Maybe it is too late to save Ethereum

Several months ago I reposted an article about the troubles that Ethereum were facing.  At the time I thought that it may still be possible to salvage something out of this generic turing complete smart contract platform.  Well, I finally spent a some time to figure out how Ethereum works in order to convince myself about it’s technical merits.  I had in the past spoken to its technical head Gavin Wood, and on occasion debated some economic issues with Vitalik on social forums but I had never really put in the time to learn about Ethereum myself, so refrained from making any critical opinions on it.  After having done some preliminary research, I am of the opinion that it may be too late to save it.  Too ambitious of goal(s), too complex a system to get it done, and too much money squandered on someone who has little business experience.  [every miner runs every contract in the platform in strict order without any concurrency? How is this efficient? How can this scale?]  And what we pay for in the loss of efficiency is … erm… censorship resistance?  Additionally, I don’t see how a trust-less smart contract is practical, considering you always need a trusted third party to mediate disputes and settlement of the contract.  (when we are talking about settlement in anything other than the native token).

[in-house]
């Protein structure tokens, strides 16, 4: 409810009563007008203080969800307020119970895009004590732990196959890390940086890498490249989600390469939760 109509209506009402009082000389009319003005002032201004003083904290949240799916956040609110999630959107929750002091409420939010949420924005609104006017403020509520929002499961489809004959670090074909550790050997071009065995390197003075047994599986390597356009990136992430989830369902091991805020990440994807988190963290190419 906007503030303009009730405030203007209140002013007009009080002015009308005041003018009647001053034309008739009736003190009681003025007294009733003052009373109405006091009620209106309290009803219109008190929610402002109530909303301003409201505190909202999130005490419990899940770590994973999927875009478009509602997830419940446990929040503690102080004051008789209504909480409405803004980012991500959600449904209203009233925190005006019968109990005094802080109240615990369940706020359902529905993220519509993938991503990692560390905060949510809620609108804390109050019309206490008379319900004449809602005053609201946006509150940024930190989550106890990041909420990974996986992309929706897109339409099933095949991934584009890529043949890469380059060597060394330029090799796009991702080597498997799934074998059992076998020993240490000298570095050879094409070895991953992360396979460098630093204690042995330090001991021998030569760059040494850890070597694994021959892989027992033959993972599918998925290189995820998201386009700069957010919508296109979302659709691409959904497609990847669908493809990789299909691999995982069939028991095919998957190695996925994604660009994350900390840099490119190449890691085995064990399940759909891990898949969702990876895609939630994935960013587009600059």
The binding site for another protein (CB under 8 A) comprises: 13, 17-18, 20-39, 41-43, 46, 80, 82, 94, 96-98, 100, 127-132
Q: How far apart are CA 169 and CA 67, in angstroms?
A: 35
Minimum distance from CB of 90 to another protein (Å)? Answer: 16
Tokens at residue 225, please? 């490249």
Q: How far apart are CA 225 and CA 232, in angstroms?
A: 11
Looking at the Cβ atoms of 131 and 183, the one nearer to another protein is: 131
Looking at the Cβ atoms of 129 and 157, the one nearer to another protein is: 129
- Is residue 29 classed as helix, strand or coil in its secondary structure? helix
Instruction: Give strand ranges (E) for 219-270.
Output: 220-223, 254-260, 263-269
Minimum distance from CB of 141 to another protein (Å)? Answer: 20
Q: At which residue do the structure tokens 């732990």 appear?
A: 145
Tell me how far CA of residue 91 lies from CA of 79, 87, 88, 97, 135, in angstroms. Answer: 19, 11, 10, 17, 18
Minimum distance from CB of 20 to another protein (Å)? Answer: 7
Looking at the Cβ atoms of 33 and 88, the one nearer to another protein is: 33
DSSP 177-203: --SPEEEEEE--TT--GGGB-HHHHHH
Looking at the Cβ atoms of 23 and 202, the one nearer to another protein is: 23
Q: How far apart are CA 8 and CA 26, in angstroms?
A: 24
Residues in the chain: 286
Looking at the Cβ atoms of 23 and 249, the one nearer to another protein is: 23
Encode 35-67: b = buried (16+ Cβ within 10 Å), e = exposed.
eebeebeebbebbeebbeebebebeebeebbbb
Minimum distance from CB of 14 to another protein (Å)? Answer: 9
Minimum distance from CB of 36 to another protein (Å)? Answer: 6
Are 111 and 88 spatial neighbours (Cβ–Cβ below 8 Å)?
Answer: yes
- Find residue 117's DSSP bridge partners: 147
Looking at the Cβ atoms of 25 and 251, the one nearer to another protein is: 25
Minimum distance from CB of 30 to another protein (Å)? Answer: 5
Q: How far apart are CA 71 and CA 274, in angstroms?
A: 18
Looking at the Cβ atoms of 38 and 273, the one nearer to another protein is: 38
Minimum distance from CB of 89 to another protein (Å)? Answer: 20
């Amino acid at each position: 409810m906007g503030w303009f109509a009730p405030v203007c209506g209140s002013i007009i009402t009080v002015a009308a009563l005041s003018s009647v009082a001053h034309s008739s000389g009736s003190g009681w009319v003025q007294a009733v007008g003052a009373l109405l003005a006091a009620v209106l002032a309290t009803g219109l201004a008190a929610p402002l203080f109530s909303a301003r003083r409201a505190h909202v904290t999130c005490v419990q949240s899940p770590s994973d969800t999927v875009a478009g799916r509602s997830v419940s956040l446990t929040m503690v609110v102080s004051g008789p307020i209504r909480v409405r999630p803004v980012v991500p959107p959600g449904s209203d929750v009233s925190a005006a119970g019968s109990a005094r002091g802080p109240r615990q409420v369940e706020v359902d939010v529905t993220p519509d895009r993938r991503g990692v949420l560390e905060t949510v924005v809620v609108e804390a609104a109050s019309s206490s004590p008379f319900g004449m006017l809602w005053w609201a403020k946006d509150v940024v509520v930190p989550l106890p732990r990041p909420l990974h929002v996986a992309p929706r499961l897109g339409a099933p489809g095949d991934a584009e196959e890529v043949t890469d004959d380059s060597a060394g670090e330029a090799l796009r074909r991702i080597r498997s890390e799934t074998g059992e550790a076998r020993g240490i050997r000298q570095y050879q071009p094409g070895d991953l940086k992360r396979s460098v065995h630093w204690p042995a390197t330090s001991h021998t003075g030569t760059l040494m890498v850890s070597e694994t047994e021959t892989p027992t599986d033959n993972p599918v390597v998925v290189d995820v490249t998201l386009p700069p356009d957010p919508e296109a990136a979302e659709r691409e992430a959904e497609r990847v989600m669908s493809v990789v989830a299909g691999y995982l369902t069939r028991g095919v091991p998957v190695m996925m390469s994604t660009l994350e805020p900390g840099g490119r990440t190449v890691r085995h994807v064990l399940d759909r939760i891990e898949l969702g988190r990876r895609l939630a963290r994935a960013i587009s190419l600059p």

This excellent article by Gideon Greenspan pretty much sums it up succinctly with a lot more background and supporting links than I can give. 😉

Smart contracts makes for slow blockchains

4 thoughts on “Maybe it is too late to save Ethereum

  1. Good eye catching article however maybe you should widen your scope of vision on this… it seems at least from where I am sitting your scope is limited to almost essentially the same issues and challenges that Bitcoin has experienced so I sense a bit of transference on your part but you do raise some questions that should be accounted for I believe that the possibilities for Ethereum as well as Bitcoin and the industry in general are endless…

    • Except that as what it set out to do (a payment system) Bitcoin does pretty well, but as a general computer Ethereum is horribly inefficient. (Can we really accept throwing out concurrency in a computer and go back to the days of time shared mainframes?)

      • I don’t agree with your claim that Bitcoin is a good payment system. Bitcoin is a good currency, but is far from being a good payment system. I meant how can a payment system is good if it can process only up to 6-7 TXs per second.

        • Correction, it’s a good enough payment system if you want to cut out middlemen in order to minimize the trust needed. Compared to sending physical cash or gold bars in the mail, it is superior.

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